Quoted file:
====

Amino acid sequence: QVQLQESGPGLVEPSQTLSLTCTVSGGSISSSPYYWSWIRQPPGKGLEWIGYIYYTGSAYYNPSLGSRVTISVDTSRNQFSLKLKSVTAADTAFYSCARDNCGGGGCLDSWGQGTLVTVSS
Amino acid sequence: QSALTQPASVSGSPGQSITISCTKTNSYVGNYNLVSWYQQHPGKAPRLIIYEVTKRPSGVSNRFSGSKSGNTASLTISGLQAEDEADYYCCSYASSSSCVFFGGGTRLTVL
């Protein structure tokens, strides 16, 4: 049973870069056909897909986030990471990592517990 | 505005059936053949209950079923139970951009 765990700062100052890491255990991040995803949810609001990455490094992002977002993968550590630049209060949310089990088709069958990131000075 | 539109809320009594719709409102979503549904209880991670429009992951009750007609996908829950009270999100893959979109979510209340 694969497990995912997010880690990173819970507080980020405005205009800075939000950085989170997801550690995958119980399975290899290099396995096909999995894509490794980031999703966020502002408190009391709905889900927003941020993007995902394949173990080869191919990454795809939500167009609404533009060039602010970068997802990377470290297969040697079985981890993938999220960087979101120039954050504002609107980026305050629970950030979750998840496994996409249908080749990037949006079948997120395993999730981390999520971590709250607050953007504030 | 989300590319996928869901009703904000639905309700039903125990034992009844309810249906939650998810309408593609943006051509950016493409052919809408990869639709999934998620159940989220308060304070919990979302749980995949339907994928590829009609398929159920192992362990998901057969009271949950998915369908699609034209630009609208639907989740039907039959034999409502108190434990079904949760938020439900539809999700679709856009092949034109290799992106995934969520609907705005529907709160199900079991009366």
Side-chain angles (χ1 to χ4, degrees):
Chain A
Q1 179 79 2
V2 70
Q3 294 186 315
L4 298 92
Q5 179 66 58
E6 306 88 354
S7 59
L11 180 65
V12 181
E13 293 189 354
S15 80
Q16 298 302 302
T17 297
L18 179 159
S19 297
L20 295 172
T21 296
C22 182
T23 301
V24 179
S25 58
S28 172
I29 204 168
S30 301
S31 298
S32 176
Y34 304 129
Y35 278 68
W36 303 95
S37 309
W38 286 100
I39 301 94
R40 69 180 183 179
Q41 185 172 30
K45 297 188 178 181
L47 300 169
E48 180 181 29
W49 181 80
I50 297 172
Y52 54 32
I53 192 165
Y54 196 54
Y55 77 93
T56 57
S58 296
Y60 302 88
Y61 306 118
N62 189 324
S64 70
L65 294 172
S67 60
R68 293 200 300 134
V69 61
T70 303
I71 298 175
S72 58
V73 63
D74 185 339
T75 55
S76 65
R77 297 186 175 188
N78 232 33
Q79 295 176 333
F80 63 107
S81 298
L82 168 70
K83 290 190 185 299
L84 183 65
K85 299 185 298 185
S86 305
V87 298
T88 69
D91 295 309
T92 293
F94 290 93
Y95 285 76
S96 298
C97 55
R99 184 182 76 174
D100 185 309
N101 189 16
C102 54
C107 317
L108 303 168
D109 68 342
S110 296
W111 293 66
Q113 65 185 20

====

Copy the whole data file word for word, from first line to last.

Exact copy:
Amino acid sequence: QVQLQESGPGLVEPSQTLSLTCTVSGGSISSSPYYWSWIRQPPGKGLEWIGYIYYTGSAYYNPSLGSRVTISVDTSRNQFSLKLKSVTAADTAFYSCARDNCGGGGCLDSWGQGTLVTVSS
Amino acid sequence: QSALTQPASVSGSPGQSITISCTKTNSYVGNYNLVSWYQQHPGKAPRLIIYEVTKRPSGVSNRFSGSKSGNTASLTISGLQAEDEADYYCCSYASSSSCVFFGGGTRLTVL
């Protein structure tokens, strides 16, 4: 049973870069056909897909986030990471990592517990 | 505005059936053949209950079923139970951009 765990700062100052890491255990991040995803949810609001990455490094992002977002993968550590630049209060949310089990088709069958990131000075 | 539109809320009594719709409102979503549904209880991670429009992951009750007609996908829950009270999100893959979109979510209340 694969497990995912997010880690990173819970507080980020405005205009800075939000950085989170997801550690995958119980399975290899290099396995096909999995894509490794980031999703966020502002408190009391709905889900927003941020993007995902394949173990080869191919990454795809939500167009609404533009060039602010970068997802990377470290297969040697079985981890993938999220960087979101120039954050504002609107980026305050629970950030979750998840496994996409249908080749990037949006079948997120395993999730981390999520971590709250607050953007504030 | 989300590319996928869901009703904000639905309700039903125990034992009844309810249906939650998810309408593609943006051509950016493409052919809408990869639709999934998620159940989220308060304070919990979302749980995949339907994928590829009609398929159920192992362990998901057969009271949950998915369908699609034209630009609208639907989740039907039959034999409502108190434990079904949760938020439900539809999700679709856009092949034109290799992106995934969520609907705005529907709160199900079991009366």
Side-chain angles (χ1 to χ4, degrees):
Chain A
Q1 179 79 2
V2 70
Q3 294 186 315
L4 298 92
Q5 179 66 58
E6 306 88 354
S7 59
L11 180 65
V12 181
E13 293 189 354
S15 80
Q16 298 302 302
T17 297
L18 179 159
S19 297
L20 295 172
T21 296
C22 182
T23 301
V24 179
S25 58
S28 172
I29 204 168
S30 301
S31 298
S32 176
Y34 304 129
Y35 278 68
W36 303 95
S37 309
W38 286 100
I39 301 94
R40 69 180 183 179
Q41 185 172 30
K45 297 188 178 181
L47 300 169
E48 180 181 29
W49 181 80
I50 297 172
Y52 54 32
I53 192 165
Y54 196 54
Y55 77 93
T56 57
S58 296
Y60 302 88
Y61 306 118
N62 189 324
S64 70
L65 294 172
S67 60
R68 293 200 300 134
V69 61
T70 303
I71 298 175
S72 58
V73 63
D74 185 339
T75 55
S76 65
R77 297 186 175 188
N78 232 33
Q79 295 176 333
F80 63 107
S81 298
L82 168 70
K83 290 190 185 299
L84 183 65
K85 299 185 298 185
S86 305
V87 298
T88 69
D91 295 309
T92 293
F94 290 93
Y95 285 76
S96 298
C97 55
R99 184 182 76 174
D100 185 309
N101 189 16
C102 54
C107 317
L108 303 168
D109 68 342
S110 296
W111 293 66
Q113 65 185 20